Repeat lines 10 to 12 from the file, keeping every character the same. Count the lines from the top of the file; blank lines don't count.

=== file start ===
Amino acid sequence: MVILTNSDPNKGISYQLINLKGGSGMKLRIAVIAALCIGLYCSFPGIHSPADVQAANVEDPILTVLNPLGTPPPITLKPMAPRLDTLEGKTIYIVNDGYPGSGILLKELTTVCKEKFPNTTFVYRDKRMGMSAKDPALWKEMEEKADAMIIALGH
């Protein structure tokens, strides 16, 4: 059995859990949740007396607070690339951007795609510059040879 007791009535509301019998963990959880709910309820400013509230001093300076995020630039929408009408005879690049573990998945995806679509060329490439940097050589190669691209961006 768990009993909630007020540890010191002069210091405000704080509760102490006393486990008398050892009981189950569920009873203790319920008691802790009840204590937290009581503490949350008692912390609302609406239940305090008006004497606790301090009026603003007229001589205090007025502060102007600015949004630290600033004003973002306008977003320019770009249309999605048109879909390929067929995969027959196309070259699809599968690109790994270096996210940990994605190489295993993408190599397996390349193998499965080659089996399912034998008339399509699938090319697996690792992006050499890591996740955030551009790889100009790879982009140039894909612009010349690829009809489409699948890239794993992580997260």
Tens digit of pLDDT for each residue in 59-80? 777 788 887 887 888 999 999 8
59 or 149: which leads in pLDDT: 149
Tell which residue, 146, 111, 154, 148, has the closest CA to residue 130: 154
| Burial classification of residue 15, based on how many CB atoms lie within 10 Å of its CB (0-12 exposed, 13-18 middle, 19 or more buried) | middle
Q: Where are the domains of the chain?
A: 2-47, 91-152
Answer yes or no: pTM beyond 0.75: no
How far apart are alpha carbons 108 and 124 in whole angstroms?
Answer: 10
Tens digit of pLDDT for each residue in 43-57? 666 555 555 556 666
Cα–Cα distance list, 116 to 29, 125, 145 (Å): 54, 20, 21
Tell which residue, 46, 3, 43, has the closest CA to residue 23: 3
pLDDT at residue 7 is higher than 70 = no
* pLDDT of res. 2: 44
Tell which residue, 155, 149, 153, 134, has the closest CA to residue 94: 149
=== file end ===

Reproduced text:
How far apart are alpha carbons 108 and 124 in whole angstroms?
Answer: 10
Tens digit of pLDDT for each residue in 43-57? 666 555 555 556 666